Australian of the Year:  Emmah Money, Cystic fibrosis advocate  #AOTY2020 #ausoftheyear
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Australian of the Year: Emmah Money, Cystic fibrosis advocate #AOTY2020 #ausoftheyear


My dad and mum adopted me when
I was only a few weeks old. My dad is a paraplegic. He has
one leg, one hip, no kidneys and my mum and dad wanted to
adopt a baby with a disability. So Cystic Fibrosis is an
invisible disability and when I was born,
my biological family were told that I would not
see through my childhood. So for them, the best decision
that they could do, for me, was to give me up for adoption, to let me be with a family
that could look after my CF and give me
the best chance at life. CF is a long-term condition
that slowly over time deteriorates. Sadly, the reality
of CF is that, you know, we do
have a life expectancy, I mean that still doesn’t
sit right with me, I’m not a carton of milk
with a use-by date. I’m 32, the life expectancy is 37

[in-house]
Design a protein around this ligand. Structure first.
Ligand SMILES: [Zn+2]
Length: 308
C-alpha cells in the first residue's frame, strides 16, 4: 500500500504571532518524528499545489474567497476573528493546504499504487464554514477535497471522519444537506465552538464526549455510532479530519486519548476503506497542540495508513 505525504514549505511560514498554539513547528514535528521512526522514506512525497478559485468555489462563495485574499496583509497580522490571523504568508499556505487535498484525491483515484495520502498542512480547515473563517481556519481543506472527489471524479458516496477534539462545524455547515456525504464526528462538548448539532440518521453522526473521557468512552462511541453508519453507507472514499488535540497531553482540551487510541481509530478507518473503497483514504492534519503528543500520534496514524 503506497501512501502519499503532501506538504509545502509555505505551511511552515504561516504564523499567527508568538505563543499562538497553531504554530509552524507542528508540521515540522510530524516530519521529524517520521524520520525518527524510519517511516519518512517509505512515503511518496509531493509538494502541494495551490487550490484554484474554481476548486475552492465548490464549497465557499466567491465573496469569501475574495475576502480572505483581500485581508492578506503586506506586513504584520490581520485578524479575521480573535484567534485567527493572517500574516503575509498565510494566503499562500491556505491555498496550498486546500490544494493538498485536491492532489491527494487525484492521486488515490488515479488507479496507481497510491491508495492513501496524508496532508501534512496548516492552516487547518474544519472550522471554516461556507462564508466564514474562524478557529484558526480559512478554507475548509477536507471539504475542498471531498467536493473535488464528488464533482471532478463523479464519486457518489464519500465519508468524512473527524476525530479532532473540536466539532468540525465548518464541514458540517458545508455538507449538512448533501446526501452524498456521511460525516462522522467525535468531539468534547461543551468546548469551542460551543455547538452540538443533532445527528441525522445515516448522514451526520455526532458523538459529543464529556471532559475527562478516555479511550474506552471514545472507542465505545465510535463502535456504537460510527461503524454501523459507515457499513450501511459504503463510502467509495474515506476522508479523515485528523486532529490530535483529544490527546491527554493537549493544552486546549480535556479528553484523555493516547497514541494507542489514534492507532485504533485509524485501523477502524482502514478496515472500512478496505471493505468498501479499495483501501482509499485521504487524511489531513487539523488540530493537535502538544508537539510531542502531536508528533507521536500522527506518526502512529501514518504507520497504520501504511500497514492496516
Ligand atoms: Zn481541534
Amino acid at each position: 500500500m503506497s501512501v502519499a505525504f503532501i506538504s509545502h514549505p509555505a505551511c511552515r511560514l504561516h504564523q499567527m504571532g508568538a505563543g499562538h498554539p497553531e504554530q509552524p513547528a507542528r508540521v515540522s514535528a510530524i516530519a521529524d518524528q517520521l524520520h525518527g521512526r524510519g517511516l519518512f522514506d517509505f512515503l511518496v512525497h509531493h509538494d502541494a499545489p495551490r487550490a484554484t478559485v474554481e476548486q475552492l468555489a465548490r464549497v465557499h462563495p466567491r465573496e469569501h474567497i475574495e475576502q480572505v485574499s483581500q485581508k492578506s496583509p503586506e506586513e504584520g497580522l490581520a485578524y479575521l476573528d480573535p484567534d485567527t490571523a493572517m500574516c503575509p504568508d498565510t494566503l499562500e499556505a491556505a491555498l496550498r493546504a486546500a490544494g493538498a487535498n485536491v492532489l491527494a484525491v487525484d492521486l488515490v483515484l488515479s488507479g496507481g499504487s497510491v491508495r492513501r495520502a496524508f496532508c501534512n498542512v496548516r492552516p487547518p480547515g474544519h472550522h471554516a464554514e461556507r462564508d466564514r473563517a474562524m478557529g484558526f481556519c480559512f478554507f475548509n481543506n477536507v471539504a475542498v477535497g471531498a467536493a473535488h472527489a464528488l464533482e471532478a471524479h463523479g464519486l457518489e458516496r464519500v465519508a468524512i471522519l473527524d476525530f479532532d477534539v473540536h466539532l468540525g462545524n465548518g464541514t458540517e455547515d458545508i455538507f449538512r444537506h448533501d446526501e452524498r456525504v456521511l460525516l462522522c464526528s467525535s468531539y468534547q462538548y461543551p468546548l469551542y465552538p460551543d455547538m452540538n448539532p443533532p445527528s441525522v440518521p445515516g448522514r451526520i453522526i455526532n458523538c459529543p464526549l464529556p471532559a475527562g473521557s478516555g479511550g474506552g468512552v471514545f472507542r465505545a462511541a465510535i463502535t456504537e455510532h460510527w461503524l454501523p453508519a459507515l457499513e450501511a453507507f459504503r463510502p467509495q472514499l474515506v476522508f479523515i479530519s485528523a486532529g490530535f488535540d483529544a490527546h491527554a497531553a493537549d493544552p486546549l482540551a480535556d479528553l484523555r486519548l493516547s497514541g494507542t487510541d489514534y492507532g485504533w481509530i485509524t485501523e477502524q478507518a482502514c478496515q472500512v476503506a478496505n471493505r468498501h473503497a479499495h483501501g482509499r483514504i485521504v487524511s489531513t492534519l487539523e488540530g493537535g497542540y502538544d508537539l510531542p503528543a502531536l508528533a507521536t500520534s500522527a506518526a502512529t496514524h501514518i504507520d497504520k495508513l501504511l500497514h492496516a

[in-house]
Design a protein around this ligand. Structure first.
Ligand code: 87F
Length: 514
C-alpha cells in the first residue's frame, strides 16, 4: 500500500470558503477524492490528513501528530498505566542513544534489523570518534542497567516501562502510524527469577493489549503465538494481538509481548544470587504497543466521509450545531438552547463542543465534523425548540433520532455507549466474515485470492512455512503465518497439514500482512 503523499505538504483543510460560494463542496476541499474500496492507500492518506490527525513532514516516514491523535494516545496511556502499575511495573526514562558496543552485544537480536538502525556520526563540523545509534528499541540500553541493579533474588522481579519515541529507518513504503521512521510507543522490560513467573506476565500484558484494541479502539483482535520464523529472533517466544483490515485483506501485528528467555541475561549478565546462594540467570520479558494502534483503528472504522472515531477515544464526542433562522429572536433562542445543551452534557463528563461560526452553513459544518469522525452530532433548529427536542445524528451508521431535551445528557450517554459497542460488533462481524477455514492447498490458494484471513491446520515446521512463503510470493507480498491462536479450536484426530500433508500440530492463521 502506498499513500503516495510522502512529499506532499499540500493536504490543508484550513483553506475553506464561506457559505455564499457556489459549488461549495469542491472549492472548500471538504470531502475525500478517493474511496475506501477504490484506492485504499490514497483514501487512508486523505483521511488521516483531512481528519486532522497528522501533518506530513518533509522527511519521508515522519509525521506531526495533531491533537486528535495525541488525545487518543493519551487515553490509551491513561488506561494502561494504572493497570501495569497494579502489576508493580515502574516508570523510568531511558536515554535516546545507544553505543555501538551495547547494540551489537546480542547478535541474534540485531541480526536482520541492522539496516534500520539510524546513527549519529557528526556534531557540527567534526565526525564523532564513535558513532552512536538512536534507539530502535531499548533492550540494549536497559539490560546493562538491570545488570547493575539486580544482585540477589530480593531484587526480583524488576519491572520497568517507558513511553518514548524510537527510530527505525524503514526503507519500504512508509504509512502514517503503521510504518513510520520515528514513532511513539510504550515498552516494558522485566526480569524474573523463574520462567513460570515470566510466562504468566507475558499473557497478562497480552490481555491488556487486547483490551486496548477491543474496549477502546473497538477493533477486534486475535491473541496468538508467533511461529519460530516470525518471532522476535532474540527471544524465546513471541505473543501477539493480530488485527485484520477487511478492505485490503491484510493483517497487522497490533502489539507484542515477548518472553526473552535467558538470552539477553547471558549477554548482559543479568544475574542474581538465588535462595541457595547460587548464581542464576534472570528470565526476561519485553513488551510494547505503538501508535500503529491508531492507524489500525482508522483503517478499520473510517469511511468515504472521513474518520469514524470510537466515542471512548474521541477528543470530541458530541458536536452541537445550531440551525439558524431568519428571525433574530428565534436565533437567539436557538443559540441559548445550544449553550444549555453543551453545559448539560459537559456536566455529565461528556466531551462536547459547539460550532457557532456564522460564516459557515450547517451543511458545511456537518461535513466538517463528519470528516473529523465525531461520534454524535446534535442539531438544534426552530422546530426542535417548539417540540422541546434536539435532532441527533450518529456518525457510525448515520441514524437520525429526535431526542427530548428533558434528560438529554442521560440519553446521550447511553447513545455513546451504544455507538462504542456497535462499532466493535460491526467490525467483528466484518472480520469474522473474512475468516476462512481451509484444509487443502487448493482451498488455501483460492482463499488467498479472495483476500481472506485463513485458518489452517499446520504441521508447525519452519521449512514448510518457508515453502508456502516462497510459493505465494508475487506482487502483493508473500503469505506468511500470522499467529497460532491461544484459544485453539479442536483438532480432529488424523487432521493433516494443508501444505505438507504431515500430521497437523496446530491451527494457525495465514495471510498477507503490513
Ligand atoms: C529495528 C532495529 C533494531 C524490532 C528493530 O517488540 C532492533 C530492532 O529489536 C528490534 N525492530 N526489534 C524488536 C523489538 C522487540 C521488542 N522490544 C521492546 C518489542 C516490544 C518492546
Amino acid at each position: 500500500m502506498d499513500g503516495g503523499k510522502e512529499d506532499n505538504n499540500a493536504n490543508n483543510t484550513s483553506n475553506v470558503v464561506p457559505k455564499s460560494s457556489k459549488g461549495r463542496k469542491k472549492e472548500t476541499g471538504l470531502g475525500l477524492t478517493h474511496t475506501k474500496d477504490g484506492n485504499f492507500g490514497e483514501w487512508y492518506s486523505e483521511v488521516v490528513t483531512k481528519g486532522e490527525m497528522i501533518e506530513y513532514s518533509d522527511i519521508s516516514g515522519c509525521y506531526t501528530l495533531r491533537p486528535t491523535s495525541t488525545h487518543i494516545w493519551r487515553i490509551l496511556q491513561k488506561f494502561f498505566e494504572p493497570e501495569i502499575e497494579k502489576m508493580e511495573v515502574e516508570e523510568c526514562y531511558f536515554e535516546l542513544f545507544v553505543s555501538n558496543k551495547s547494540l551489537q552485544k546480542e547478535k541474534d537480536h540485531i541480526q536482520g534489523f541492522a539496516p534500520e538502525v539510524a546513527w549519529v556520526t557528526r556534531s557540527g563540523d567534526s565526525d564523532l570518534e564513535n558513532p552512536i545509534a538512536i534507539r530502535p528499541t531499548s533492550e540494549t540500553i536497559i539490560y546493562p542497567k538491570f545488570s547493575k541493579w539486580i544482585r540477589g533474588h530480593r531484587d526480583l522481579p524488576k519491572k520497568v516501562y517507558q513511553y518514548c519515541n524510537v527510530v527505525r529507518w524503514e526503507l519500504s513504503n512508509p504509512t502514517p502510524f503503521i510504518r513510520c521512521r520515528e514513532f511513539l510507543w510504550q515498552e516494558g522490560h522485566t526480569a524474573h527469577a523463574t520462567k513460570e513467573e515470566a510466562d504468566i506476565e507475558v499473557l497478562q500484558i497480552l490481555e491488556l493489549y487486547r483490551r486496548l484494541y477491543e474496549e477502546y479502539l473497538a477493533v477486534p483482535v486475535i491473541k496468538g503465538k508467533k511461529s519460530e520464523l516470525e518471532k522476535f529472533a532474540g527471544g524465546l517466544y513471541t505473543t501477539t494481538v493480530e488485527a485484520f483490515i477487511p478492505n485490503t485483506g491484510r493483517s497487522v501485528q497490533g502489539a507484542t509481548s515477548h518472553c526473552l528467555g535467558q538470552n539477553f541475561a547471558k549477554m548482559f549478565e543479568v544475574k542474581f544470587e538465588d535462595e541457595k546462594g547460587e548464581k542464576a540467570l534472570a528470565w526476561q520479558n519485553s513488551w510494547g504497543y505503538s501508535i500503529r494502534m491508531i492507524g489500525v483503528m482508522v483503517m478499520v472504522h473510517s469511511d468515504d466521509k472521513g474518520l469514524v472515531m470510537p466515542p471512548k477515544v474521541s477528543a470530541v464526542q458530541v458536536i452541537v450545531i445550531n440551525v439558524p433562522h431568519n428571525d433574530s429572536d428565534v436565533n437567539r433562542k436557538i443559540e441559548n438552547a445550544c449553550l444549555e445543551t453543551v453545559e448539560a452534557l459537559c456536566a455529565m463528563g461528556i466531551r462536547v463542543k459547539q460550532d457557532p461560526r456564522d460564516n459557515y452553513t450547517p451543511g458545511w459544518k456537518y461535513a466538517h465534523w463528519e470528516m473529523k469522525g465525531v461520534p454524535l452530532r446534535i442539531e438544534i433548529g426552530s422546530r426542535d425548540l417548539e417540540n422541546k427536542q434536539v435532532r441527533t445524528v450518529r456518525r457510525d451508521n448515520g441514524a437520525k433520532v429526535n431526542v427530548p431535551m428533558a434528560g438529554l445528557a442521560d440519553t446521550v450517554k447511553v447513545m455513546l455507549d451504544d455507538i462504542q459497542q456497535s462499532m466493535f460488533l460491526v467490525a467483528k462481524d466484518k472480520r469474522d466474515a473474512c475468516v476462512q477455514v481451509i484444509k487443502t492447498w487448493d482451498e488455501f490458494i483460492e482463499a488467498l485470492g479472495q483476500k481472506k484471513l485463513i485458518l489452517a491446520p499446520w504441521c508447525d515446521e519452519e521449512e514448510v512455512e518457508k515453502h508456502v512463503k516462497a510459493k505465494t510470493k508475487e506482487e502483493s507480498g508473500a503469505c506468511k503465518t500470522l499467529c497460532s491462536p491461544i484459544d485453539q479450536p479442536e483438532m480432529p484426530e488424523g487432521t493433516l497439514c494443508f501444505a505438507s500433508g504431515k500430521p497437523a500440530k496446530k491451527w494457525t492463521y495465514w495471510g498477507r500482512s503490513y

and that’s not OK. Losing people to CF, sort of became
normal and very common and every year people
would pass away and it would be, you know,
the dreaded winter cold, as I got older, you know,
would that cold kill me that year. I honestly do not have enough fingers
to count how many friends that I lost. Every time someone
with CF passes away, I feel like I lose a
little piece of me inside. It angers me, but I see that as
a reason for me to pursue and persist with what
I do every single day. Probably about six years ago,
the most amazing achievement to-date happened to me. I woke up one day and a switch,
just sort of, came on and I wanted to be a mum. So everything I was reading
did not point in the hopeful direction that I was wanting
to read about. And as my research,
sort of, began I found myself falling
pregnant, naturally. This little baby that I had
inside of me was my miracle baby and gave me health
that I’d never had before. So I now proudly say that
“I’m a mum to two little ones”. I have a four and a 6-year-old,
and having children is more so a reason now
for me to beat CF and live an extraordinary life
for my babies’ sake. I feel my role as an ambassador
for Cystic Fibrosis, in general,
is even more important. Important for the new families
that have babies with CF. Their babies, your babies
will be OK. CF is hard work,
don’t get me wrong, but don’t let it
define your world. Let it be an interruption
as it is to mine. I live with Cystic Fibrosis
every single day and I have the fear that
I have a lower life expectancy, but I have a list of ‘to-dos’,
not a list of ‘impossibles’.

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